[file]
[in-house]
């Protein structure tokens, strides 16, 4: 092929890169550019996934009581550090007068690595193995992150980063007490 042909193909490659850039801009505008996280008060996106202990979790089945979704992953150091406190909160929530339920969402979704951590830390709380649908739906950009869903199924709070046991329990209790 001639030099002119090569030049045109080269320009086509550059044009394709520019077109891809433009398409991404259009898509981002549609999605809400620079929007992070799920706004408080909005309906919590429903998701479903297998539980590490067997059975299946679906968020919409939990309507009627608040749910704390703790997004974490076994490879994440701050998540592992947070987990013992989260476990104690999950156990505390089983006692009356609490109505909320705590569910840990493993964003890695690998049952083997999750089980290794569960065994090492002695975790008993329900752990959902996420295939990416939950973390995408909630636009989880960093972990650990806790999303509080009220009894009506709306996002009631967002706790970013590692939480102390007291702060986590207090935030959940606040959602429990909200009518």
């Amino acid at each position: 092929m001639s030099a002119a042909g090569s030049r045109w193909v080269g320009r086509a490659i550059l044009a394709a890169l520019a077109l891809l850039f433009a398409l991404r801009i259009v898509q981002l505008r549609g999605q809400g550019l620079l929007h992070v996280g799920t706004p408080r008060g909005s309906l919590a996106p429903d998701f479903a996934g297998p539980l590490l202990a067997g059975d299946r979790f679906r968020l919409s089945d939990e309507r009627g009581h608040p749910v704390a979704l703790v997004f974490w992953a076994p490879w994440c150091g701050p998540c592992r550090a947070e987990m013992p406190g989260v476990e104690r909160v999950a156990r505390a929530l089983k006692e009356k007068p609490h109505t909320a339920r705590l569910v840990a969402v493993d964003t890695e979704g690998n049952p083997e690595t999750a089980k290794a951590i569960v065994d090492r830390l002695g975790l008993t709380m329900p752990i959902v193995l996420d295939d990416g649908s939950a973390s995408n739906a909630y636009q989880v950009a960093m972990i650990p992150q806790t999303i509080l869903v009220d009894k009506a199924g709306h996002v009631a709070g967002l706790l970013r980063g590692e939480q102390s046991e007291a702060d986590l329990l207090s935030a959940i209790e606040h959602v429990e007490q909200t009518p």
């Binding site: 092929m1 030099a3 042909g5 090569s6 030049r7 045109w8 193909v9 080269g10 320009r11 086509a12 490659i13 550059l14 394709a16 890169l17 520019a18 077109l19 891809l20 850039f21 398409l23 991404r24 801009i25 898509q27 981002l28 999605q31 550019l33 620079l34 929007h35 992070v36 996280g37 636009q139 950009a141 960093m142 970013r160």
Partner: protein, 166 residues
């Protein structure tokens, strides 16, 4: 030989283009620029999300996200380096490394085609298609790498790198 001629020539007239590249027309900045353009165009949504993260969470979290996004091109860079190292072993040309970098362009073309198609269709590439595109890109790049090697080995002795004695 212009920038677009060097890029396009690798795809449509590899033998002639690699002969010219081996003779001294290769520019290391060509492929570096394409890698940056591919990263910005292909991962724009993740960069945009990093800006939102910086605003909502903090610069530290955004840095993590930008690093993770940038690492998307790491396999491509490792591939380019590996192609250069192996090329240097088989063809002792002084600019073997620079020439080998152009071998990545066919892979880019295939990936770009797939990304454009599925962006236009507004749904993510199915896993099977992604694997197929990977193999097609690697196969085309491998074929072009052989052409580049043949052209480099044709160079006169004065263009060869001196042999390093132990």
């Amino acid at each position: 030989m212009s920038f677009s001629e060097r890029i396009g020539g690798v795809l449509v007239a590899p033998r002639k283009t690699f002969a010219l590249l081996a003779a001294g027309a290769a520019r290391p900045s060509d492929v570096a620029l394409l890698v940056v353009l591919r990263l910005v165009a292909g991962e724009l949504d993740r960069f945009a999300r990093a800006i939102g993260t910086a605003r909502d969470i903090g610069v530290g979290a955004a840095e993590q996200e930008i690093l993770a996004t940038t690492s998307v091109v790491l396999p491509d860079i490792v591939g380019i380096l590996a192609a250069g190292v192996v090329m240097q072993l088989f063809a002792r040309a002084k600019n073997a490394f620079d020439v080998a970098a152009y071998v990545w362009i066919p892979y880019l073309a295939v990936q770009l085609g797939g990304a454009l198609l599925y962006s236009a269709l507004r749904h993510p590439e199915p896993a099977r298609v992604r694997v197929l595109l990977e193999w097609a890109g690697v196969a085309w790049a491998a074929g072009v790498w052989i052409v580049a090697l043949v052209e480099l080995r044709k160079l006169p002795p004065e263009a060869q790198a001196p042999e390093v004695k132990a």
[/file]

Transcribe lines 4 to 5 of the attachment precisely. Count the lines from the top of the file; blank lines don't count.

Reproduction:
């Binding site: 092929m1 030099a3 042909g5 090569s6 030049r7 045109w8 193909v9 080269g10 320009r11 086509a12 490659i13 550059l14 394709a16 890169l17 520019a18 077109l19 891809l20 850039f21 398409l23 991404r24 801009i25 898509q27 981002l28 999605q31 550019l33 620079l34 929007h35 992070v36 996280g37 636009q139 950009a141 960093m142 970013r160």
Partner: protein, 166 residues